The monetary policy committee of the Central Bank of Nigeria (CBN) has reduced the monetary policy rate by 50 basis points.
This means that the MPR, which is put at 14%, was eased to 13.5%.
Announcing the decision of the committee on Tuesday at the apex bank’s headquarters, Godwin Emefiele, the CBN governor, said there is a need to signal a new direction which would be “pro-growth”.
He said the reduction would manage investor sentiments in terms of capital inflows.
The committee, which holds a meeting once in three months, first set the benchmark interest rate at 14% in July 2016 to combat inflation and improve investor attitudes towards bringing in new capital.
The country was in a recession at that time.
Why does MPR matter?
Simply put, the monetary policy rate is the baseline interest rate in an economy.
Every other interest rate used within an economy is built on the MPR.
At its January meeting, the committee had said that the chances of loosening were remote although it said tightening would “result in the loss of the gains so far achieved”.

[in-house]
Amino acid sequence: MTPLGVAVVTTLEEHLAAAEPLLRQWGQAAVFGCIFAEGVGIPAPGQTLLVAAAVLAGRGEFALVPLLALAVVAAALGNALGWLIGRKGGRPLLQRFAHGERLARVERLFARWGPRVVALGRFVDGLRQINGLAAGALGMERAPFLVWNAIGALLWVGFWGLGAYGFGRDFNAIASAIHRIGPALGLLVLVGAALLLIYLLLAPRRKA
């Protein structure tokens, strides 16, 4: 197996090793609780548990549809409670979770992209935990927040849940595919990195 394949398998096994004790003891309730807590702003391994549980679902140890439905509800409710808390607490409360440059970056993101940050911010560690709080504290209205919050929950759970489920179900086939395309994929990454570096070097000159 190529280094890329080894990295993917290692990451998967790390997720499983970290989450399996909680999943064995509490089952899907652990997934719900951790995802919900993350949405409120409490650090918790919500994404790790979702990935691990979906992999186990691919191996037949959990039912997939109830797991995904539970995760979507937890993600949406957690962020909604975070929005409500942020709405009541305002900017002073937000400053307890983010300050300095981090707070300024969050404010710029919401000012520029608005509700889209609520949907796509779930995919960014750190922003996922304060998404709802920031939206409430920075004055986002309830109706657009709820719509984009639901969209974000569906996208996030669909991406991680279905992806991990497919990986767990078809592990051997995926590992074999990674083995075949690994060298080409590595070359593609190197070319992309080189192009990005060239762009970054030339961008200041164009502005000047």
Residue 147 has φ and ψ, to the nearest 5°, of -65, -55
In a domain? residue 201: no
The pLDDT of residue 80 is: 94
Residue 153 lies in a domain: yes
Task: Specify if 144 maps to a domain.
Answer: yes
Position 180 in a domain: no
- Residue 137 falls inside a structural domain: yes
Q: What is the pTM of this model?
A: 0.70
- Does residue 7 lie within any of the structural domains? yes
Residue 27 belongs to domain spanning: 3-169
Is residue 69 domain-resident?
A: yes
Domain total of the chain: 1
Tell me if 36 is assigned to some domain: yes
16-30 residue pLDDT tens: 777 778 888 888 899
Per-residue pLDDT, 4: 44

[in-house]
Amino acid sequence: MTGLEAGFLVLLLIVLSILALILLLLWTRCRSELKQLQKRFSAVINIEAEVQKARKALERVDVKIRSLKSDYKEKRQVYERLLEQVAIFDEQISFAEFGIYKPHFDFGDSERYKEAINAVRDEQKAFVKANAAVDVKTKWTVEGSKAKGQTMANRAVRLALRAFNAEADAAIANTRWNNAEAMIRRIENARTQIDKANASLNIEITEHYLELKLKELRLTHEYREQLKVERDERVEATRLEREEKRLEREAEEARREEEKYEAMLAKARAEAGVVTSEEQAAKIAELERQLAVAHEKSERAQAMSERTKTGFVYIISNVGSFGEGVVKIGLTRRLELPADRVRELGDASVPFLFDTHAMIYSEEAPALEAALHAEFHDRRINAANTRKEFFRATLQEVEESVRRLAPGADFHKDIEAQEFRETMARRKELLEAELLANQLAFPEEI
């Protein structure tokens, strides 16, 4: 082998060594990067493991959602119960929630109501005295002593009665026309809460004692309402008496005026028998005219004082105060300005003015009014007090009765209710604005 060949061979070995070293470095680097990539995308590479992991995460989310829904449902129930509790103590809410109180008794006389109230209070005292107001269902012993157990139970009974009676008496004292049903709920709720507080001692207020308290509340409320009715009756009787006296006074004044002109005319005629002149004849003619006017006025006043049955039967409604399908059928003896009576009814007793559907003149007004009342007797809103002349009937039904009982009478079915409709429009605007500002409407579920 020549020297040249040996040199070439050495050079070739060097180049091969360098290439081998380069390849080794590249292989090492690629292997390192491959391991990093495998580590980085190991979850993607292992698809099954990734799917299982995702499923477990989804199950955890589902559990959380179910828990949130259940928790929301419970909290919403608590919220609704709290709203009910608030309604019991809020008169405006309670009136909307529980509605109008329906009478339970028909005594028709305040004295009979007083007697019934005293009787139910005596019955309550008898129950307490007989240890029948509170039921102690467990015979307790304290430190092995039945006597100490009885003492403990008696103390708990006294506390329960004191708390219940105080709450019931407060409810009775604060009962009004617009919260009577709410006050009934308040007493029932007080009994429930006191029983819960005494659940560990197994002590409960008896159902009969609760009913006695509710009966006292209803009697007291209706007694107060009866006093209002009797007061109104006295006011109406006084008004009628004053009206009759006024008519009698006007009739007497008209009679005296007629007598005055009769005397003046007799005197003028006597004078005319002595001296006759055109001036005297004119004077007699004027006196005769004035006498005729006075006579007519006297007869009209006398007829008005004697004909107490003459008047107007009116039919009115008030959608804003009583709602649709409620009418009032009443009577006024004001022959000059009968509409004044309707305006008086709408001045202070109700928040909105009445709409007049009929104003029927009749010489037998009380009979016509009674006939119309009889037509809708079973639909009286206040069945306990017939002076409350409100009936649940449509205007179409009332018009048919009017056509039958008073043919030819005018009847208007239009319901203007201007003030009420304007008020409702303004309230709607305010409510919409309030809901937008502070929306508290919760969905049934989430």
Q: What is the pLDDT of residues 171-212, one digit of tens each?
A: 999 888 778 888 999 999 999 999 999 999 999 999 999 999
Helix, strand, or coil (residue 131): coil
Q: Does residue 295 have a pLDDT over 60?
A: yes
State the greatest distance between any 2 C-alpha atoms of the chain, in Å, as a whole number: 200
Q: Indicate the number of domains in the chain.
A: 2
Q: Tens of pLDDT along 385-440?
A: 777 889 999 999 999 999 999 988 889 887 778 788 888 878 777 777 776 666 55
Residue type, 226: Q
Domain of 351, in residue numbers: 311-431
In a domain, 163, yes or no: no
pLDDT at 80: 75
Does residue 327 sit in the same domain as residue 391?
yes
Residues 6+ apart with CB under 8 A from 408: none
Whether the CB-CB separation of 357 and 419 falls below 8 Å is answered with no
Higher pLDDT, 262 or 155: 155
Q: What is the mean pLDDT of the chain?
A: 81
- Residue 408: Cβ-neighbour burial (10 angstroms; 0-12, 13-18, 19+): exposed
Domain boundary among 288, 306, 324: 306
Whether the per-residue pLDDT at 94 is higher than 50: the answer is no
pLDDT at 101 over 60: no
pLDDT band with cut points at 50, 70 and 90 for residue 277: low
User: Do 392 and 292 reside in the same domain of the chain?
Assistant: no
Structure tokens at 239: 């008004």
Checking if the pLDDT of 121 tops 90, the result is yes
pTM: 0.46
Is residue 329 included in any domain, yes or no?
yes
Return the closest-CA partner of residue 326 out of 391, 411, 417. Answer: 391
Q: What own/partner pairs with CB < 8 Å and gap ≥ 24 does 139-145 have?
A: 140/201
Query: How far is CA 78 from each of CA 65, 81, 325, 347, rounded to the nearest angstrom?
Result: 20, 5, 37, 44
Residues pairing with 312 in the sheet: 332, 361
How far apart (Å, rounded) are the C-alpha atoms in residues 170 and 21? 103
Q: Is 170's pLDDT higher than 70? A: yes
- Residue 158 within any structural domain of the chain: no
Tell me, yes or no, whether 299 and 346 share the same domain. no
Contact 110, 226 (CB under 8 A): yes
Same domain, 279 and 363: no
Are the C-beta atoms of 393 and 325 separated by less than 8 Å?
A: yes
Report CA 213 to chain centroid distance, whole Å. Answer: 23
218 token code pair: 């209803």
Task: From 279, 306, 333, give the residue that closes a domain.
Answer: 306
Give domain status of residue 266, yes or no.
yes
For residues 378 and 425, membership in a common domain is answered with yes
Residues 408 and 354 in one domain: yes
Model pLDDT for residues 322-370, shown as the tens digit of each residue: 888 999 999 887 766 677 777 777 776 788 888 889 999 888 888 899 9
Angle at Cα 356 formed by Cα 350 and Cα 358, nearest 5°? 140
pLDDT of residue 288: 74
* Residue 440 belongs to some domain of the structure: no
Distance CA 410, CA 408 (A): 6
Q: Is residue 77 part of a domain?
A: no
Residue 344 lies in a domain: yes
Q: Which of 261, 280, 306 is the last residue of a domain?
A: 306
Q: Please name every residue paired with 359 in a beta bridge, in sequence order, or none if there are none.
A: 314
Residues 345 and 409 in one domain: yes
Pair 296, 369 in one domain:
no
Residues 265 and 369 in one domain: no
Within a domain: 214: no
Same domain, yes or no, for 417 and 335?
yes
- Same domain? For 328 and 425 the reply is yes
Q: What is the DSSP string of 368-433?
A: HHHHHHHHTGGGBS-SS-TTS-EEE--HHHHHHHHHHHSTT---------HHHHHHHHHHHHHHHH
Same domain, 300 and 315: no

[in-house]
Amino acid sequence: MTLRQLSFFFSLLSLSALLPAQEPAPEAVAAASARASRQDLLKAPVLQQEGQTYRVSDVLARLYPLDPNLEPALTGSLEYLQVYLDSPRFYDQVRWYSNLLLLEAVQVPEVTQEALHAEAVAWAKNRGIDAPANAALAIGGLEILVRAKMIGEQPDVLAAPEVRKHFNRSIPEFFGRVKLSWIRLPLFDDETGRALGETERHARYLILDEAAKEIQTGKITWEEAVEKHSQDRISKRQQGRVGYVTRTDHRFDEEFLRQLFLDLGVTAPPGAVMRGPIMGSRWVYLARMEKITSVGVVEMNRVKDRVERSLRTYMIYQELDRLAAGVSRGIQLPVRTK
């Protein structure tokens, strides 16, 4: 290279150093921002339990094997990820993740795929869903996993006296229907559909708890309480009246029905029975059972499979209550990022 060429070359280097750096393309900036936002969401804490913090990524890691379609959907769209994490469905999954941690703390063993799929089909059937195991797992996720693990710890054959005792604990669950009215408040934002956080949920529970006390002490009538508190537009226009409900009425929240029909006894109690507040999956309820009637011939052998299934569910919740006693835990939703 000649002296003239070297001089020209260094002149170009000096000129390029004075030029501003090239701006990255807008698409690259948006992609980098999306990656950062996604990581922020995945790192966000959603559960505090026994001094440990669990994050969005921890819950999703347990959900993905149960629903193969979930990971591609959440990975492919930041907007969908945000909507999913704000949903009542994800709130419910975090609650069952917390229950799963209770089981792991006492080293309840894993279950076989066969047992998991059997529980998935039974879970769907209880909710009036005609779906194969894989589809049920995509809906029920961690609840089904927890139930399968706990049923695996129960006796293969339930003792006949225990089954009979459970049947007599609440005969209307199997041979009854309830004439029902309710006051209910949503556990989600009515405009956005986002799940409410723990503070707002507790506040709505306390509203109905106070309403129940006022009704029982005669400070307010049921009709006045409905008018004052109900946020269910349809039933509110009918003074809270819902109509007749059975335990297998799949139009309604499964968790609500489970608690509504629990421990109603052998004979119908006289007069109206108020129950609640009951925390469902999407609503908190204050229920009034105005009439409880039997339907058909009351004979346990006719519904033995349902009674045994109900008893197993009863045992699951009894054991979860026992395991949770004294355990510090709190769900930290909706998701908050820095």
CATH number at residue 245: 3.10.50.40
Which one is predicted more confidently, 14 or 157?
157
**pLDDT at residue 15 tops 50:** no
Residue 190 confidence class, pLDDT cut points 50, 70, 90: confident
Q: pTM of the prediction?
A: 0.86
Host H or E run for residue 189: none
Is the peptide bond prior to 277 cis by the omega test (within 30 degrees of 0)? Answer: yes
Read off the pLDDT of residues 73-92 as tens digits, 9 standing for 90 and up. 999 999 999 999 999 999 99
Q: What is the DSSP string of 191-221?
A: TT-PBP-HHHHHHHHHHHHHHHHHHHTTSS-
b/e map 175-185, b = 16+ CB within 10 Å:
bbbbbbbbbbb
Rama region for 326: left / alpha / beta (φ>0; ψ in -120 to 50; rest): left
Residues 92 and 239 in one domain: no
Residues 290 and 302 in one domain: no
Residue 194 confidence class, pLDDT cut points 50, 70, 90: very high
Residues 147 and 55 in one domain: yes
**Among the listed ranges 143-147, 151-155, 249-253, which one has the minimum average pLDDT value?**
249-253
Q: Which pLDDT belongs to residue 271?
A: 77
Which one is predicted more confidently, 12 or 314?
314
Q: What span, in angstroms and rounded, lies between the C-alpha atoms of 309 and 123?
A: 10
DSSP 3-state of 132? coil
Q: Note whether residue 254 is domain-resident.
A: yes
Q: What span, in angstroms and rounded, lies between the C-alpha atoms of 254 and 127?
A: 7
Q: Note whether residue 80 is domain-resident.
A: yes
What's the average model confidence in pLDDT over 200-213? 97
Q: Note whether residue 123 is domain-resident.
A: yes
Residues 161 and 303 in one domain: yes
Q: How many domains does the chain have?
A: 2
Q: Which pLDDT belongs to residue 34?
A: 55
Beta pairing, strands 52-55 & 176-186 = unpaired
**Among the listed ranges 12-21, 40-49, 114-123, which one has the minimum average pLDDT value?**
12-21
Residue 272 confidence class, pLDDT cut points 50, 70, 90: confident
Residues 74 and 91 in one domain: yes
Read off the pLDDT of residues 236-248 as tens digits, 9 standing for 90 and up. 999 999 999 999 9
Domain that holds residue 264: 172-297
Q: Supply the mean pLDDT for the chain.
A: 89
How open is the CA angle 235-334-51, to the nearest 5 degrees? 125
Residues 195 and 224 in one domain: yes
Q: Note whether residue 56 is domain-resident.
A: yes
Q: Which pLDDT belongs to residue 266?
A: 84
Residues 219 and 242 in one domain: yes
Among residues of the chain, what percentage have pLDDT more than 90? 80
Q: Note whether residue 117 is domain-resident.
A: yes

“It will also worsen the position of non-performing loans of the banks. The Committee also felt that tightening would dampen investments and hamper improvements in output growth, given the already fragile growth performance so far achieved.”
At that time, the committee had said it wanted to watch the macroeconomic performance after the general election.
Since President Muhammadu Buhari won his re-election bid, experts were of the opinion that investors could be sure of continuity in economic policies.
What do experts think?
Analysts at FSDH Research recommended that the recent improvement recorded in the inflation, exchange and interest rates does not justify a reduction in MPR.
“The temporary stability in key indicators from January 2019 till 21 March 2019 may support an argument for monetary policy easing (reduction in interest rate and other measures that can push more money into the financial system).
“Adding to the debate supporting the easing of monetary policy is the fact that the general election is now behind us, so the negative impact of electioneering spending on price stability and associated uncertainties surrounding the election may be over. However, FSDH Research believes the short-term outlook of the Nigerian economy justies a hold decision on policy rates at the current levels.”